The Papers of Elizabeth Cady Stanton and Susan B. Anthony

Speech by SBA at Albany County Woman's Rights Convention [13 February 1855]

     Editorial note: Antoinette Brown and Ernestine Rose accompanied SBA to the county meeting at the Albany Universalist Church on 13-14 February 1855. Despite bad weather, "quite large and respectable audiences" attended the meeting and heard "a style of oratory that would do infinite credit to any of the male sex." (Albany Argus, 15 February 1855.)
Miss Anthony stated the object of the meeting to be the formation of a county society, to advocate and advance the rights of women. Since November, nineteen associations of a similar character have been organized, and the cause was acquiring new friends and advocates in every quarter. Miss A. depicted the wrongs which woman suffers, and by examples, illustrated the inequality in the rights of the opposite sex. In Rochester, said Miss A., there are sixteen public schools, eight of which are superintended by females. The same studies are pursued, and the progress made by the students in the schools under the care of females, is acknowledged to be greater than by those under the supervision of the male teachers. And yet the males receive salaries of $700 each, per annum, while the equally deserving, and the better qualified females, are paid but $250 yearly. Again, a man tailor receives from $4 to $10 for making a coat; a woman from $2 to $4; a male cook from twelve to twenty shilling per day, while a female, equally skilful, is fortunate to receive as much per week.
Miss A. further claimed that a most grievous wrong existed in that woman was not entitled to her own earnings. She met the argument, that woman, if allowed the rights claimed for her, would be less womanly in her nature; and by numerous examples, endeavored to prove the fallacy of the objection. She alluded to Queen Victoria, Joan of Arc, the Maid of Saragossa,[1 ]Miss Herschell, Miss Mitchell,[2] Comptroller Flagg's daughters,[3] and others, to disprove the allegation, and as a closing example related the heroic daring of the wife of Capt. Mitchell,[4] who, within a year past, her husband being taken suddenly ill, assumed the command of his vessel, for several days, during a most terrific gale, managed the ship— standing at the tiller herself— with the most daring intrepidity.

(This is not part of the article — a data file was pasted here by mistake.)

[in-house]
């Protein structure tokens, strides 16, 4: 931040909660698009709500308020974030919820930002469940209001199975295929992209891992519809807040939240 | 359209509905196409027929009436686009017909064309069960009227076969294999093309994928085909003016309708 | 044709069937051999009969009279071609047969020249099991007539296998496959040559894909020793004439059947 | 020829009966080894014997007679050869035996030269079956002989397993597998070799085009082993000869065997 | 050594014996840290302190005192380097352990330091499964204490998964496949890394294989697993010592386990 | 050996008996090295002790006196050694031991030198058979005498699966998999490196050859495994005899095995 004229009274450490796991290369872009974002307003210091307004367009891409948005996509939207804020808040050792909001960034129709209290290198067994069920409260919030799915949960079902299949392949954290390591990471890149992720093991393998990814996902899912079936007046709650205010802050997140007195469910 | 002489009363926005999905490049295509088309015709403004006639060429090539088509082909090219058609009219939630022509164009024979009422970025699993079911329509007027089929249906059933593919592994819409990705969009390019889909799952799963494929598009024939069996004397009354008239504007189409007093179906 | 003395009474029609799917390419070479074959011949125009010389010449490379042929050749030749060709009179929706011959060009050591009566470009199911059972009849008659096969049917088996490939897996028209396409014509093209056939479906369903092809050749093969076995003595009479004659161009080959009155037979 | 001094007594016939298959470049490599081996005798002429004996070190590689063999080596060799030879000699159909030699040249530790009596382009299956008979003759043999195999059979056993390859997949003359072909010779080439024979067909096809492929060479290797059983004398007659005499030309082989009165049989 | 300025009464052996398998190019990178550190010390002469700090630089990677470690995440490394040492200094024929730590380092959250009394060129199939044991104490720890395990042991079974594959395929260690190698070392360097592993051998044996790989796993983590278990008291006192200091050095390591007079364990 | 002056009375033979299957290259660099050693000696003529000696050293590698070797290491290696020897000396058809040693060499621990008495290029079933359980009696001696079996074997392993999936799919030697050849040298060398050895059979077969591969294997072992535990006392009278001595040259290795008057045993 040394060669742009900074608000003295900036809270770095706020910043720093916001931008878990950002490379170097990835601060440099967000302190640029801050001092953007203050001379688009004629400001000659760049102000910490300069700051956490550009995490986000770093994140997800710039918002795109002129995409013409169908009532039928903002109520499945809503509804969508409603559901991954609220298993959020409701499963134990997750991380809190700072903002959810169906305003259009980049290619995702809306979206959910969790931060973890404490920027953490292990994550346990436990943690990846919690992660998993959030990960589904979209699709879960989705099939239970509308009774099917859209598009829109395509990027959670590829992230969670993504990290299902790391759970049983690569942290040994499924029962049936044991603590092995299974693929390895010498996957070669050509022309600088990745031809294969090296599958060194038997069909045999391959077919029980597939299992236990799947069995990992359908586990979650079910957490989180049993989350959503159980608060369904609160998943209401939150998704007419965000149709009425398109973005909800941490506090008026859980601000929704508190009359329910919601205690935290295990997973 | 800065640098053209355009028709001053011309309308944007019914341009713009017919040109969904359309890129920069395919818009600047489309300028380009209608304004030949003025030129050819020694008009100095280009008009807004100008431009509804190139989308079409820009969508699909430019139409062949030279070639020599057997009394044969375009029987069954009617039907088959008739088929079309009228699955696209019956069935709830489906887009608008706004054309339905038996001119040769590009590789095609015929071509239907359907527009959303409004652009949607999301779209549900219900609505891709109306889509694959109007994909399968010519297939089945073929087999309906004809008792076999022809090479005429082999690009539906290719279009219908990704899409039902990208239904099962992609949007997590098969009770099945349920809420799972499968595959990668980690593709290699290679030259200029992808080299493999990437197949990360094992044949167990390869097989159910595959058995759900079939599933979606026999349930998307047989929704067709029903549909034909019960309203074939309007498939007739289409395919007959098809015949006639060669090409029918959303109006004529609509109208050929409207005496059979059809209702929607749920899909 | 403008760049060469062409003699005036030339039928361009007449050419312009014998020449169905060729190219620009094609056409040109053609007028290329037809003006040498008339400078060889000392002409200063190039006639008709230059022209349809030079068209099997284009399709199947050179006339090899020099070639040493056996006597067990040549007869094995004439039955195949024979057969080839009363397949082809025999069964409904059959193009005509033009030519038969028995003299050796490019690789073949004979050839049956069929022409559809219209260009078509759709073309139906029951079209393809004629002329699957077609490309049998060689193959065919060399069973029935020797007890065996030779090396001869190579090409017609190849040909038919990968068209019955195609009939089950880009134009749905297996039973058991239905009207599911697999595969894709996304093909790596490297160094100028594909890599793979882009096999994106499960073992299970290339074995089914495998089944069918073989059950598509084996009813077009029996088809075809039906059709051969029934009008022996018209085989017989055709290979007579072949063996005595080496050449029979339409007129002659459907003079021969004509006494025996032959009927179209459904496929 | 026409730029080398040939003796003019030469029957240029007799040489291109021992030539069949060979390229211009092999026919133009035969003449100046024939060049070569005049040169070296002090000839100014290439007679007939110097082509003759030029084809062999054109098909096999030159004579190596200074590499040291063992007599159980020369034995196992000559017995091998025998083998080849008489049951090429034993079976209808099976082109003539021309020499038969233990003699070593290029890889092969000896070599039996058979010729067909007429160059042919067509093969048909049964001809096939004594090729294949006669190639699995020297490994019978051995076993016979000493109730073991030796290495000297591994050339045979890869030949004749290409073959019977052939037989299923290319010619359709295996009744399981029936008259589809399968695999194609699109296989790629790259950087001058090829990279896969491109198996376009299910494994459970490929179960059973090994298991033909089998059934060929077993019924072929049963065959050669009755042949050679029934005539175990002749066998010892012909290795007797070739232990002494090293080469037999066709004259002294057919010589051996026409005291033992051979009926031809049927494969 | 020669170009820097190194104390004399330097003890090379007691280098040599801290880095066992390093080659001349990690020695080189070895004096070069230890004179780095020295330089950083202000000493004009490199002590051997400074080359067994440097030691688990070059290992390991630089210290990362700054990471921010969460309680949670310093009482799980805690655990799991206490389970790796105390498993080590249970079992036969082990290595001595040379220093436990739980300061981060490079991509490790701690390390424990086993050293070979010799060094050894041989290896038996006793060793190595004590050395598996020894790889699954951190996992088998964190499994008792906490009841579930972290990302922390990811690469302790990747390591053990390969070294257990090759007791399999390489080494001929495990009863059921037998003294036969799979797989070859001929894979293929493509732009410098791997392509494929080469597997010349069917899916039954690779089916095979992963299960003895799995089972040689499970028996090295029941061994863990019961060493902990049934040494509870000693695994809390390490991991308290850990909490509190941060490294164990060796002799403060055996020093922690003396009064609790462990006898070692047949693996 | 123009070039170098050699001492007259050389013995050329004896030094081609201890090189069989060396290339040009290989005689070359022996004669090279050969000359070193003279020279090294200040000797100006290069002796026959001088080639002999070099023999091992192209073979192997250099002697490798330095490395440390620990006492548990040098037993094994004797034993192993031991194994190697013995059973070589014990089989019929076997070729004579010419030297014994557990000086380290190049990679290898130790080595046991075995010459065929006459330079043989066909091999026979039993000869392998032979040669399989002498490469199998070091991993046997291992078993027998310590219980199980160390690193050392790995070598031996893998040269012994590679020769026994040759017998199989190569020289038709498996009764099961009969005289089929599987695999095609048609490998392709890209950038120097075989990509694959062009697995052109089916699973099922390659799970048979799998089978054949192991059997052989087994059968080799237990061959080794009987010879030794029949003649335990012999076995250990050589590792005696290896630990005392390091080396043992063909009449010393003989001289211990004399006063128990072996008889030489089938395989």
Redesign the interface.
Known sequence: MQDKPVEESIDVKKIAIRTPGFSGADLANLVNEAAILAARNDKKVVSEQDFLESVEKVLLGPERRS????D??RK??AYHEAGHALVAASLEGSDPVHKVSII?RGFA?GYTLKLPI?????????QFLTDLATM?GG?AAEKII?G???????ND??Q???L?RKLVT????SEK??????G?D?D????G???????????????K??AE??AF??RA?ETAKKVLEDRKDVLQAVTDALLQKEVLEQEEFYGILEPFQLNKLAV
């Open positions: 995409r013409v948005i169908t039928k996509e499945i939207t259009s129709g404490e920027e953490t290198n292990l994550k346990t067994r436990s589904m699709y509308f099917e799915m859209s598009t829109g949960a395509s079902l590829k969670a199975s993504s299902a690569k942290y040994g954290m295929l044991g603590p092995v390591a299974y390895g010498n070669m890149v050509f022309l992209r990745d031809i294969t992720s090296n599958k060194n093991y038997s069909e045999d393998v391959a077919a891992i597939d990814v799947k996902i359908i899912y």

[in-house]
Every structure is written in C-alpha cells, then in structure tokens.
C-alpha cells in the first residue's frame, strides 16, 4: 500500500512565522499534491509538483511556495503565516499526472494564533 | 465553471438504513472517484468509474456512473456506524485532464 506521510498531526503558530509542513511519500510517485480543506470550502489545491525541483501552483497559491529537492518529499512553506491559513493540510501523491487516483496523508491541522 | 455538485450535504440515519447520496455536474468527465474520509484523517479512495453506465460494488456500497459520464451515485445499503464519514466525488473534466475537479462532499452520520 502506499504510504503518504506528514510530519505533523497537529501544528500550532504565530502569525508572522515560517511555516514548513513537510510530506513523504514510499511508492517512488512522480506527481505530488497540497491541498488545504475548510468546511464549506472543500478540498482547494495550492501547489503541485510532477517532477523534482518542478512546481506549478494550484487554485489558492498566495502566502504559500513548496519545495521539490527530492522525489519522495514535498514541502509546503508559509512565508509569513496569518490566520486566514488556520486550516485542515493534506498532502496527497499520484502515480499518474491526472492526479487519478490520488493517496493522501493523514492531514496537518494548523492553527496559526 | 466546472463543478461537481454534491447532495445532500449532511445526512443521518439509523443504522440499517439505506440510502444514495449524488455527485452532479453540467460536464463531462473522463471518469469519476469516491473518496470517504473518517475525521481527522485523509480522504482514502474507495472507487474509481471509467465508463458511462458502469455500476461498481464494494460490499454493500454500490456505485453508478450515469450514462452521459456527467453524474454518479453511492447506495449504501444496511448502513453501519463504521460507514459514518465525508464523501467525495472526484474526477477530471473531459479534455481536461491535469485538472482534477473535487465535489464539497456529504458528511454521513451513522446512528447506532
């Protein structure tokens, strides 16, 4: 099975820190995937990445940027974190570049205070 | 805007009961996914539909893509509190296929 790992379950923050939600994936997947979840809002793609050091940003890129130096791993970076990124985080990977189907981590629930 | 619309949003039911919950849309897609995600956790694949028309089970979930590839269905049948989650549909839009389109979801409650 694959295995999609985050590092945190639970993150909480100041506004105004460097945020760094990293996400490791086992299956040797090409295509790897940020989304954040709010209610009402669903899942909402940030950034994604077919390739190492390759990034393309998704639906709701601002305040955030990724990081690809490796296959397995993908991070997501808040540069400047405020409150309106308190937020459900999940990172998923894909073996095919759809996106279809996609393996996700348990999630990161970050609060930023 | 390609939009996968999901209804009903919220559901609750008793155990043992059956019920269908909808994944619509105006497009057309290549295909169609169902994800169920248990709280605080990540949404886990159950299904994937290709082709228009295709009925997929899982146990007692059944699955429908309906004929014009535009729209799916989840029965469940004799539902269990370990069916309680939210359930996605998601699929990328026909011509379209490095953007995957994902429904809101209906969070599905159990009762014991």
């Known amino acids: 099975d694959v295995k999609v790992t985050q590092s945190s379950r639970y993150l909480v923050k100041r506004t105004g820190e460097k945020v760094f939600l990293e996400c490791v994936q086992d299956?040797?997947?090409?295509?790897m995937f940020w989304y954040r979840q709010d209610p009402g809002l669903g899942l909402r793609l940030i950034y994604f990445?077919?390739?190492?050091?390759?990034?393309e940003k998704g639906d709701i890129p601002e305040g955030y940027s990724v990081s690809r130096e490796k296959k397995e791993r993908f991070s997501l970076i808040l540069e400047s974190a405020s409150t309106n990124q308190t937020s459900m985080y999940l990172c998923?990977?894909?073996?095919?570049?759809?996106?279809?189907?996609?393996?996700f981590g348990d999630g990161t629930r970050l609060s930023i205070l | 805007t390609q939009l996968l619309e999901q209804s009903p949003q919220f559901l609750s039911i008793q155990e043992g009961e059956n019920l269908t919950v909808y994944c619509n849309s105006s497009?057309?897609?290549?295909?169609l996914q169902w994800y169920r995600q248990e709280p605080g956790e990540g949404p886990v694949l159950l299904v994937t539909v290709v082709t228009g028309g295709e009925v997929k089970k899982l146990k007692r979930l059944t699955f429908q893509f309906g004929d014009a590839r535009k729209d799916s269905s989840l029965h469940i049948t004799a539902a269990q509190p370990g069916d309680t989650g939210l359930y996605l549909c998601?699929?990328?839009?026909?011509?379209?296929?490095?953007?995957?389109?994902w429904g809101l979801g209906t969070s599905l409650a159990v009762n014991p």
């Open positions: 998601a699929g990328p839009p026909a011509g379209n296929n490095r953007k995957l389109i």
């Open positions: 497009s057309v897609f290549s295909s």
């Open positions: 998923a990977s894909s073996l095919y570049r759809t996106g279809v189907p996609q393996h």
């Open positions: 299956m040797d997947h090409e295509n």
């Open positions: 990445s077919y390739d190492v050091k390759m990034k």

Albany Argus, 15 February 1855.
    [1.] A heroine of the Spanish resistance to Napoleon's armies, Augustina, the maid of Saragossa, entered the battle and held the fort when her lover was shot. Lord Byron celebrated her daring in "Childe Harold's Pilgrimage," canto 1, stanzas 54-59.
    [2.] That is, the astronomers Caroline Herschel and Maria Mitchell. Herschel (1750-1848), born into a family of prominent British astronomers, was a distinguished astronomer in her own right; she was awarded the gold medal of the Royal Astronomical Society in 1828. Mitchell (1818-1889), born on Nantucket, discovered a new comet in 1847. In 1848 she was the first woman elected to the American Academy of Sciences in Boston, and in 1850 was elected to the American Association for the Advancement of Science. She joined the faculty of Vassar when it opened in 1865.
    [3.] In her manuscript of this speech, prepared the previous summer, SBA noted that the daughters of New York's comptroller Azariah Cutting Flagg (1790-1873) worked as clerks in his Albany office. Flagg served from 1834 to 1839 and again from 1842 to 1846. (Dictionary of American Biography; SBA, Lecture on the Rights and Wrongs of Woman, Film, 7:1075-113.)
    [4.] In the manuscript speech, SBA explained that the sea captain's wife brought a ship safely into Boston harbor during a terrible storm.